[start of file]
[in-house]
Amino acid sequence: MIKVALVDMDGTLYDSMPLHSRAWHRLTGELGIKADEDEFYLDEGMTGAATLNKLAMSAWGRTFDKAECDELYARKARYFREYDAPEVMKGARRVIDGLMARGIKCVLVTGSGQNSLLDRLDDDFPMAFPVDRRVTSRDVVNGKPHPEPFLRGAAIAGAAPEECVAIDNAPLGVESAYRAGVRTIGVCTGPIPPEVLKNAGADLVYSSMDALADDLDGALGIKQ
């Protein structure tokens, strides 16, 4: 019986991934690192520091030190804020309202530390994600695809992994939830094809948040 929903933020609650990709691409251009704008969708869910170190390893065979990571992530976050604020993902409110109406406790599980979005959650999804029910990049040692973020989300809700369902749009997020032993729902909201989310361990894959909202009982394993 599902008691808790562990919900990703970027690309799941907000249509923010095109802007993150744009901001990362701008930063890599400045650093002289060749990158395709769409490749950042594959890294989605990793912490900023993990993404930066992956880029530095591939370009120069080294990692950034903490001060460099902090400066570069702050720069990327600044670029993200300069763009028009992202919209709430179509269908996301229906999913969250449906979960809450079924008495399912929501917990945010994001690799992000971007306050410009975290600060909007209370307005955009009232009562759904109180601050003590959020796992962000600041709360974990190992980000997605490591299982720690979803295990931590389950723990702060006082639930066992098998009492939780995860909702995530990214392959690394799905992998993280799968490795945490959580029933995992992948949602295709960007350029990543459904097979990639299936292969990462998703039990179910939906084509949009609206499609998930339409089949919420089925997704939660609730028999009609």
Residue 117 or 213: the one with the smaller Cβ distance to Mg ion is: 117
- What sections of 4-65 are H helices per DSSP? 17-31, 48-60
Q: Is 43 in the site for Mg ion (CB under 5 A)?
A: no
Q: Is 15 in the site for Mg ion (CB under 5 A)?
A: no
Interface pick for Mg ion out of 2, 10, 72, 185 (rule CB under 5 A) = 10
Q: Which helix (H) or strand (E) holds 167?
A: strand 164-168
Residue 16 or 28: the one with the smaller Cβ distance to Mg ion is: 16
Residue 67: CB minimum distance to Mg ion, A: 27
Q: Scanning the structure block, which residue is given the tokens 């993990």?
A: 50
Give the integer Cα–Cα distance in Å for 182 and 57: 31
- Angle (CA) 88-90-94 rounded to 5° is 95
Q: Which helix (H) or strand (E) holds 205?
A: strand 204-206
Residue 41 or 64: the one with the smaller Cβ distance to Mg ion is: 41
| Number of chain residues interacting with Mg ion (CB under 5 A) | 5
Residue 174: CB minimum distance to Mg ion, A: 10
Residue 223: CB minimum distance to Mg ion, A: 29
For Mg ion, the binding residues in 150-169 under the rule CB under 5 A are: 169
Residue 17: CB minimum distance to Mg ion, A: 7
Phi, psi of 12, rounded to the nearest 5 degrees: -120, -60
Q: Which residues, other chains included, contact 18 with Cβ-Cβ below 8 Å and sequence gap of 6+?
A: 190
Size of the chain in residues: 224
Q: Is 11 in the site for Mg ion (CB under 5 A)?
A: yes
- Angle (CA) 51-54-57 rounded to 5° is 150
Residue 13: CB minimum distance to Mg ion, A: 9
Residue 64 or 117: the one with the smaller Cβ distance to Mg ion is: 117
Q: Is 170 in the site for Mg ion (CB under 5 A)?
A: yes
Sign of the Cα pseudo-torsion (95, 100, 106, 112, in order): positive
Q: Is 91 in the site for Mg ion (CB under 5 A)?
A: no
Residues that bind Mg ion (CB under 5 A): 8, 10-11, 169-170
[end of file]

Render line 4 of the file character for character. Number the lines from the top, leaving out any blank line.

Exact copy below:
Residue 117 or 213: the one with the smaller Cβ distance to Mg ion is: 117